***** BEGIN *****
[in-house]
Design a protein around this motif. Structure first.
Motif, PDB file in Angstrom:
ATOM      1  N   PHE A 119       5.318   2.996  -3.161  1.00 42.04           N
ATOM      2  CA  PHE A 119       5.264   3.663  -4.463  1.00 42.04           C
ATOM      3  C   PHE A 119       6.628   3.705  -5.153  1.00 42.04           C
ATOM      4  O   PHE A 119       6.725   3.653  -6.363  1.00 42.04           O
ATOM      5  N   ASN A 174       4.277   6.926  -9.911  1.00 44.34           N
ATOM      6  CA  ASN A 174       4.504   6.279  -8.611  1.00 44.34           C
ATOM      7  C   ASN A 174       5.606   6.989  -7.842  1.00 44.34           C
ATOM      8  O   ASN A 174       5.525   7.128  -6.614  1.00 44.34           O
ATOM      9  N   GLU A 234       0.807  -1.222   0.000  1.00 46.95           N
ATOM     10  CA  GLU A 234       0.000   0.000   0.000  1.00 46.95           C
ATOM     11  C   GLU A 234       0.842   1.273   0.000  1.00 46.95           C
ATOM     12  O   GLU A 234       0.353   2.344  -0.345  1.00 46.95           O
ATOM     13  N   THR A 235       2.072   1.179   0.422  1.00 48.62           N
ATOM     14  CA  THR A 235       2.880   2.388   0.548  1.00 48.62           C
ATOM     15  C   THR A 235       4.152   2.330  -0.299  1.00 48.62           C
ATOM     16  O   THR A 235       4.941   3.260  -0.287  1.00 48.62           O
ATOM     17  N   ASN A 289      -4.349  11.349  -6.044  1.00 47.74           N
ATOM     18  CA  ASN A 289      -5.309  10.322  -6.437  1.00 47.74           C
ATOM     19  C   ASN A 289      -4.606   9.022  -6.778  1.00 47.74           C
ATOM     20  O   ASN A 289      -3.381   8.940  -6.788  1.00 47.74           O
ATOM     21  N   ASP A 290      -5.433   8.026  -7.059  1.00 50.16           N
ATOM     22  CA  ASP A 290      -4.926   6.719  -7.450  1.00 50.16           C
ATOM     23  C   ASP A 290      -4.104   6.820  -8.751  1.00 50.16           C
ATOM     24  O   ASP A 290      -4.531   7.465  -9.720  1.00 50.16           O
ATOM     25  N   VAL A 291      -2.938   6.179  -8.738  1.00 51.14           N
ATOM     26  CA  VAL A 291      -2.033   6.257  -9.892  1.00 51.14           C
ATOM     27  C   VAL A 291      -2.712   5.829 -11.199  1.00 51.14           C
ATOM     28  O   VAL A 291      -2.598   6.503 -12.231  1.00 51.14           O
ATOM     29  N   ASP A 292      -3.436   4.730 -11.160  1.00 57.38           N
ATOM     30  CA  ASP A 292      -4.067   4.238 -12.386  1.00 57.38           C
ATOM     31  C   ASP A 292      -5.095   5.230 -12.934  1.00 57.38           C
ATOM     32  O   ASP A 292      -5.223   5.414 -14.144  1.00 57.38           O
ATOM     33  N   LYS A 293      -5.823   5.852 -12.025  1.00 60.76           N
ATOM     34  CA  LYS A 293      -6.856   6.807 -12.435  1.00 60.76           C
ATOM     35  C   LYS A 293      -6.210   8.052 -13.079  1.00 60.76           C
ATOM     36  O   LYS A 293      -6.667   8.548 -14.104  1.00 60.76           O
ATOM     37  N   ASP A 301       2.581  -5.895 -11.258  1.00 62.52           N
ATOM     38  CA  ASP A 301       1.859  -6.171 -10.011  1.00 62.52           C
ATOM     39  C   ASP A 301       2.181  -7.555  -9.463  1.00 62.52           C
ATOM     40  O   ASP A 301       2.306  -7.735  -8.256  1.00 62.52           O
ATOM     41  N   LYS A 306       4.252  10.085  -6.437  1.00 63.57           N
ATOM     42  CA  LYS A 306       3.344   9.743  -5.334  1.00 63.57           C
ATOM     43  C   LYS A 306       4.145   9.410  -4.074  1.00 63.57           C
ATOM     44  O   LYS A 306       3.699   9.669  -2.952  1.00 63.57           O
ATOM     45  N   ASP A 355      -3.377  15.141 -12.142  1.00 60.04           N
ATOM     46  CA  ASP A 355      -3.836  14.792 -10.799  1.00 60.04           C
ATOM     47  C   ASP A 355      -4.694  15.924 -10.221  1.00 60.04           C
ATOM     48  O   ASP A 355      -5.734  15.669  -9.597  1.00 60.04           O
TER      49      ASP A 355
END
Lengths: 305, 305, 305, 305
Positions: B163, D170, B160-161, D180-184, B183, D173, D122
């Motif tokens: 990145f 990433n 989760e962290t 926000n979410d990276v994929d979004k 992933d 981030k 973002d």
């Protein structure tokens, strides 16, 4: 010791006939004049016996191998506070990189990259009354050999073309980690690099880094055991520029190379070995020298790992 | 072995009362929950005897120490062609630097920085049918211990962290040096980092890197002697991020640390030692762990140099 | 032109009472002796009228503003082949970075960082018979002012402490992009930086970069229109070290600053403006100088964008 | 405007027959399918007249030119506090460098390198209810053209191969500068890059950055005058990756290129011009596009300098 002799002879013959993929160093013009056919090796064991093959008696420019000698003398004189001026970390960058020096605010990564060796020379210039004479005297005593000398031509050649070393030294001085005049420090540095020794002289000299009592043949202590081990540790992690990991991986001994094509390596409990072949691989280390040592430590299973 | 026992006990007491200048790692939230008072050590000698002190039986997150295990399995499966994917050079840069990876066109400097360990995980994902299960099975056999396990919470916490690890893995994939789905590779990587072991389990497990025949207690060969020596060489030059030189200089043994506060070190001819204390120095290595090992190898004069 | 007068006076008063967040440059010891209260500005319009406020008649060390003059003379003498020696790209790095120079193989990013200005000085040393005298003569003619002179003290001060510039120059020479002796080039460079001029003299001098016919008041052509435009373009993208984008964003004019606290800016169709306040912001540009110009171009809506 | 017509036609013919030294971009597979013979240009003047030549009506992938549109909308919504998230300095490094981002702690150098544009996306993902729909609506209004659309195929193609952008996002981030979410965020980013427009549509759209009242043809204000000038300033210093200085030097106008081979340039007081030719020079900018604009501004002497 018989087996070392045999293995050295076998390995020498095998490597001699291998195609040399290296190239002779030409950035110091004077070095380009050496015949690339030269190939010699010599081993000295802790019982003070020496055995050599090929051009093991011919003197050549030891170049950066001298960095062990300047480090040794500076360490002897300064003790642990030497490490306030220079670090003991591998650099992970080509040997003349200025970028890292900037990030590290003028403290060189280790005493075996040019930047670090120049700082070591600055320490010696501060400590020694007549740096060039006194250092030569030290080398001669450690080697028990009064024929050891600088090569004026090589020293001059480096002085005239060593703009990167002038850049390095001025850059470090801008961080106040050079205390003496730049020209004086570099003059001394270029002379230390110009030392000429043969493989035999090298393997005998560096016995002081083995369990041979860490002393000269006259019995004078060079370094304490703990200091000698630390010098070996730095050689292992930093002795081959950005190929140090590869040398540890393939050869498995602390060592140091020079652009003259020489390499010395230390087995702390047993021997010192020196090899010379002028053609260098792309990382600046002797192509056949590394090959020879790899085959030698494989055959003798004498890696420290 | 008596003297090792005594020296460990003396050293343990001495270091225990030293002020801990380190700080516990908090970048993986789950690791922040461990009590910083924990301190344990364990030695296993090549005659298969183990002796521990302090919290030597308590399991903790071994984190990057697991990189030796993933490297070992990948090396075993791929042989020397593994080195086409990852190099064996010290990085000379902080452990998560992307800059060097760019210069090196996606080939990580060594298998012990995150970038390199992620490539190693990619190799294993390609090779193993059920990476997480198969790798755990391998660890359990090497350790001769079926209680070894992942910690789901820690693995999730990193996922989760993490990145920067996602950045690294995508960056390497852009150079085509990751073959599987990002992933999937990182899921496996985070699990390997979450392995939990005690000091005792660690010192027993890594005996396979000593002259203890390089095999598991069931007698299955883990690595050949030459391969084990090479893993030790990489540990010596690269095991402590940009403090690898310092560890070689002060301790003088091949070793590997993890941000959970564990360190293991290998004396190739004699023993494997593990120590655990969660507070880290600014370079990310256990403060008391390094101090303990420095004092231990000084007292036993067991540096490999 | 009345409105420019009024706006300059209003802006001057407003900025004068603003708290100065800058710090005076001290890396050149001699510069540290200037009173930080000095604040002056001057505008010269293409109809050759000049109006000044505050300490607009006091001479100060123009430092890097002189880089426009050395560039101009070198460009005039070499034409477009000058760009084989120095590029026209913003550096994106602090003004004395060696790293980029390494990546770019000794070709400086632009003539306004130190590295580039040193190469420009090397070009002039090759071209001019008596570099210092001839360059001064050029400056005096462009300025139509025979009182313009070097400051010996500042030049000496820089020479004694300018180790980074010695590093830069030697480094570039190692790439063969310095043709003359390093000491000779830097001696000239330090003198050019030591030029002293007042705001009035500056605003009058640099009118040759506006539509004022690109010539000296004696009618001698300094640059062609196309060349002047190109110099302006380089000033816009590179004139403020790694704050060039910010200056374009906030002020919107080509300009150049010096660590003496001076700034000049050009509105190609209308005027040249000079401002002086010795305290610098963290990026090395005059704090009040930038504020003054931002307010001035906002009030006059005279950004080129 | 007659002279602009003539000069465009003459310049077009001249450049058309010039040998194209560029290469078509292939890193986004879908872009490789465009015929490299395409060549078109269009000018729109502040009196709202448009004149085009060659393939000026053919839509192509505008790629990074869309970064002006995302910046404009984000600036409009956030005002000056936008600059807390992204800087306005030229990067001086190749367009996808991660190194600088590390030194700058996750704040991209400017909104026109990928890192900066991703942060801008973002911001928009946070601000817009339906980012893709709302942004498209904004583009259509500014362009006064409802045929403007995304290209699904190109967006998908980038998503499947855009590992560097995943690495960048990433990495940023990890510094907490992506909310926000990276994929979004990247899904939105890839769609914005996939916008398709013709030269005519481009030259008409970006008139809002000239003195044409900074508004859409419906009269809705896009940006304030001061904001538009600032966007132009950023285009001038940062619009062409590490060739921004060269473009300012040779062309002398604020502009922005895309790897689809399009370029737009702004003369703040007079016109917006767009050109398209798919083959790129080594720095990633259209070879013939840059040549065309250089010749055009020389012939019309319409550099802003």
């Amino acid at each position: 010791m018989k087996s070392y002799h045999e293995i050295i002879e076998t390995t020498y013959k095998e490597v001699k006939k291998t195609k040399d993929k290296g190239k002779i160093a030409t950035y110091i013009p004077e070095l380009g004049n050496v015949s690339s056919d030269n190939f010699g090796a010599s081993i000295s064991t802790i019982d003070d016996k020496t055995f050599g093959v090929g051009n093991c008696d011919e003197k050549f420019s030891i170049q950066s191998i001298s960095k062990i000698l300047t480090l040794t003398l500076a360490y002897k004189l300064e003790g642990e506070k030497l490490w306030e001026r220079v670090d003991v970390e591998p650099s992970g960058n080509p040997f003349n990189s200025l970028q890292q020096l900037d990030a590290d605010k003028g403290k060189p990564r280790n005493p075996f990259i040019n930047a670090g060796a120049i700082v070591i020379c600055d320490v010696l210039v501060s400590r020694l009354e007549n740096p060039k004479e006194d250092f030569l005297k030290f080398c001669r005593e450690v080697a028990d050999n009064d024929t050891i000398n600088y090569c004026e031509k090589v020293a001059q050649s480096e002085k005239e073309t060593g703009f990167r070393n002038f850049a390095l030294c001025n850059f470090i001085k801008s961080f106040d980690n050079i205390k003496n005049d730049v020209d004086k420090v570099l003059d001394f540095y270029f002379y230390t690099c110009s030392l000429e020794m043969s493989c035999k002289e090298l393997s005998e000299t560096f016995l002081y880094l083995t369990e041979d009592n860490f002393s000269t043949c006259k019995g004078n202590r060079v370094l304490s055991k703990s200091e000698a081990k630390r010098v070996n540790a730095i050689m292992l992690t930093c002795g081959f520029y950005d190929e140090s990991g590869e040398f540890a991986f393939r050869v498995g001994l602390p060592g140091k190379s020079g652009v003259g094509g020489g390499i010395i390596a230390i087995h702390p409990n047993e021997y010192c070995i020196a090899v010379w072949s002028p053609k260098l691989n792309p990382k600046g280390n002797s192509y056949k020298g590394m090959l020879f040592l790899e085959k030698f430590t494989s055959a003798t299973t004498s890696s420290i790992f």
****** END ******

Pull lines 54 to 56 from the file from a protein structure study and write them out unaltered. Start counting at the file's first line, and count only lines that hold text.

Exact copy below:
Lengths: 305, 305, 305, 305
Positions: B163, D170, B160-161, D180-184, B183, D173, D122
């Motif tokens: 990145f 990433n 989760e962290t 926000n979410d990276v994929d979004k 992933d 981030k 973002d």